This guide was created with the purpose of answering any question user may have regarding Ethereum Classic (ETC) . In order to understand why and how ETC has come into existence, it’s important to understand the events that lead to its creation: The DAO hack and the hard-fork. If you haven’t followed these events, click here to read a brief summary.
Part 1 – What is Ethereum Classic
Ethereum Classic is not a new cryptocurrency, but instead a split from an existing cryptocurrency, Ethereum. Both blockchains are identical in every way up until block 1920000 where the hard-fork to refund The DAO token holders was implemented, meaning that all the balances, wallets, and transactions that happened on Ethereum until the hard-fork are still valid on the Ethereum Classic Blockchain. After the hard-fork, the blockchains were split in two and act individually.
Ethereum Classic still offers the same features as Ethereum, such as the creation and deployment of smart contract and Decentralized applications, and has all the same specifications, such as average block time, size and reward.
Part 2 – Why was Ethereum Classic created
The Hard-fork has been a controversial subject, that has split literally split the Ethereum community in two. Both sides have made some valid points regarding their position on the hard-fork debate.
Users that did not support the hard fork point out that
Users that supported the hard fork argued the
The Ethereum Classic was, in this sense, created as a way to allow smart contracts to run exactly as they are programmed to, without the interference of a third party. The ETC community argues that the DAO smart contract did what it was programmed to do and that no action should be taken to censor the contract.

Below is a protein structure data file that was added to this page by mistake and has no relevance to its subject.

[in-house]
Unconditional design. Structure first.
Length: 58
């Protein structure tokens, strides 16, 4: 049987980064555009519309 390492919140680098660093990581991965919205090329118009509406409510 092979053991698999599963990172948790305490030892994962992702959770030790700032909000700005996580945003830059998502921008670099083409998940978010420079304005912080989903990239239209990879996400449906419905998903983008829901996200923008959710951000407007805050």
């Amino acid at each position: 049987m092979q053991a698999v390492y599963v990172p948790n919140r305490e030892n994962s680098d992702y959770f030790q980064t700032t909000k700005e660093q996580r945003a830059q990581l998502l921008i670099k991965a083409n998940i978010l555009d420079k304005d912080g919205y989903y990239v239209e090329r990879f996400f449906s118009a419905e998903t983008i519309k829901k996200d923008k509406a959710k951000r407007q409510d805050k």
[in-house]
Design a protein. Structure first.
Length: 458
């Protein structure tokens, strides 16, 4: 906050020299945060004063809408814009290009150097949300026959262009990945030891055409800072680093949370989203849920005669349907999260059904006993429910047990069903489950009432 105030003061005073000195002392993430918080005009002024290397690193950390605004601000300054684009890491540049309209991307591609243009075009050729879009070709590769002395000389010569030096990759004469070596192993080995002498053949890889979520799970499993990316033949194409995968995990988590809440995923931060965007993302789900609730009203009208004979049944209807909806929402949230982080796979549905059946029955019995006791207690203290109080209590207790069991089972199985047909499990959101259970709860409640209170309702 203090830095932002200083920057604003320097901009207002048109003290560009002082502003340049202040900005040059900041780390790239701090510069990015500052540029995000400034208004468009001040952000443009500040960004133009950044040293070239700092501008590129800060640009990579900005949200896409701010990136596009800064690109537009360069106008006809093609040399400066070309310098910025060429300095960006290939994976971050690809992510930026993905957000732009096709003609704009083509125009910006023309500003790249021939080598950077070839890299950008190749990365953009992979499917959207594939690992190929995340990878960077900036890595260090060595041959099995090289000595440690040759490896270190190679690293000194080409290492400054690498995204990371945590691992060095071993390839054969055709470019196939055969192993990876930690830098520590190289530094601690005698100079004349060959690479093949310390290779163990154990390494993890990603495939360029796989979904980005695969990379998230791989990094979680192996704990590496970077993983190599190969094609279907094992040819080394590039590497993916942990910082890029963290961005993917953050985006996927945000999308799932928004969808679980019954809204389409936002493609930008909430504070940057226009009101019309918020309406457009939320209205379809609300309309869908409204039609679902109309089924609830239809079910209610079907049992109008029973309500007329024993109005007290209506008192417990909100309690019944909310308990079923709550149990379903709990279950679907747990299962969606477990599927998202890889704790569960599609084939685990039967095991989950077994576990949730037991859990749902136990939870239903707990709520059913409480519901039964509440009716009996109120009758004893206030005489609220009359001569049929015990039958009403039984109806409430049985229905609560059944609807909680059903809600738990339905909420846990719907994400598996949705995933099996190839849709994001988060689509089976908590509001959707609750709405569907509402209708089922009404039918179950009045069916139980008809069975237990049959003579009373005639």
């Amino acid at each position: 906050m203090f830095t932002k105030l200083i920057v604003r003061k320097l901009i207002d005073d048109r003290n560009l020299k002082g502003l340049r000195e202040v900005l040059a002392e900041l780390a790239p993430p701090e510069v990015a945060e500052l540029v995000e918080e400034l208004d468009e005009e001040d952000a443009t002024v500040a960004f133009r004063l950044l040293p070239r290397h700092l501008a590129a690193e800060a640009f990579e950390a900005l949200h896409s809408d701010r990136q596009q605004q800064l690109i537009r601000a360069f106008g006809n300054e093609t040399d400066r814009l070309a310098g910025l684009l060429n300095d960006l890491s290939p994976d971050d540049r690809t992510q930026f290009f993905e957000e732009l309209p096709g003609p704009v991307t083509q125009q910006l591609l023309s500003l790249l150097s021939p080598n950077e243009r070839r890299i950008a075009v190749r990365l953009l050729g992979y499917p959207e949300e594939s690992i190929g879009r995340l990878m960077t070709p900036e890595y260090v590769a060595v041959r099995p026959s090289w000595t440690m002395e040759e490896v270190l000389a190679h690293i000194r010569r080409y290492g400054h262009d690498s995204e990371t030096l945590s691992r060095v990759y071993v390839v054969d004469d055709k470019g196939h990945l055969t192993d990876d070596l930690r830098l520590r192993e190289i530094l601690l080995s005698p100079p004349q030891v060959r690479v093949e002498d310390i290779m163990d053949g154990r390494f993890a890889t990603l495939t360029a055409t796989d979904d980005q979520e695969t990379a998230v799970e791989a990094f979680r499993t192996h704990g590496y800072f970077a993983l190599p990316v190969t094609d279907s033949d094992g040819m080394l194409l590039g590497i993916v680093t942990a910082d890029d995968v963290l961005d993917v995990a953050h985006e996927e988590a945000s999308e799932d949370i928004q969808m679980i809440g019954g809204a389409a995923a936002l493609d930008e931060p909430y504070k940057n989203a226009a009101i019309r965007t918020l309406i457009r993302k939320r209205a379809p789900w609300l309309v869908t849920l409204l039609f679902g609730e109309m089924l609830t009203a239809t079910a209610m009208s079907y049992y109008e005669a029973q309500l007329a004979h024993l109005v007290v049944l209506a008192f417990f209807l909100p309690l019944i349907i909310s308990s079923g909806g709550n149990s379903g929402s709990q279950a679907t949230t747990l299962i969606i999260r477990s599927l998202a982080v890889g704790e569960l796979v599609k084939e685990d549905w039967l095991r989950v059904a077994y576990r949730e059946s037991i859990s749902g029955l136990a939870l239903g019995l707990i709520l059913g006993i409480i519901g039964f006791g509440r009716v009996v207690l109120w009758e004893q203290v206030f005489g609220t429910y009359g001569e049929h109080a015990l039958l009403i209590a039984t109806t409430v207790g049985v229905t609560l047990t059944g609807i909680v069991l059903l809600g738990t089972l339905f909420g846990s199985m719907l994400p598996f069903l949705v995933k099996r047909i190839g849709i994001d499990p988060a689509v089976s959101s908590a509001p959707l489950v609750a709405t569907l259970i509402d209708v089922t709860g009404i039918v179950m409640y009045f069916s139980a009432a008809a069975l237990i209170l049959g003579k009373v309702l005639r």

Part 3 – How was Ethereum Classic created
When the hard-fork was implemented, users that did not agree with it decided not to upgrade their software and to continue mining on the blockchain that did not have this implementation. Since the hard-fork creates an incompatibility between the new and previous versions, the users that decided to remain on the “original” blockchain, have diverged into their own blockchain that is identical to Ethereum’s in every way until block 1920000.
A lot of effort was put into taking the concept forward:
Part 4 – Dangers of Ethereum Classic
The creation of a “double blockchain” is a problematic situation that Bitcoin has been trying to prevent for a long time. Not only it creates confusion amongst investors and casual users, but it also opens possibilities for replay attacks on both blockchains.
If a user signs and broadcasts a signed transaction in one of the blockchain, that transaction can be replayed on the other chain without the consent of the private key holder, since the cryptographic signature for said transaction his already public on the other blockchain.
Part 5 – Ethereum Classic FAQ
“I hold some ETH with Polo and now as stated I see I hold the equivalent in ETC – does this mean if sell ETH I still hold the same in ETC? this is confusing. Does this also mean that if you buy ETH you automatically buy ETC with Poloniex?”
If you had ETH on Kraken or Poloniex at the time of the fork, you will be credited the same amount of ETC, buying and selling one will have no effect no effect on the other because they are on different blockchains
“What is the ETC, something like DAO? or is the replacement of the ETH? Or just another currency?”
Ethereum Classic can be considered a different cryptocurrency from Ethereum. They have different Blockchains and are independent of one another. But they have the same features and even shared the same blockchain (Ethereum) until the hard-fork was introduced, which caused the blockchain to split in two (ETC and ETH)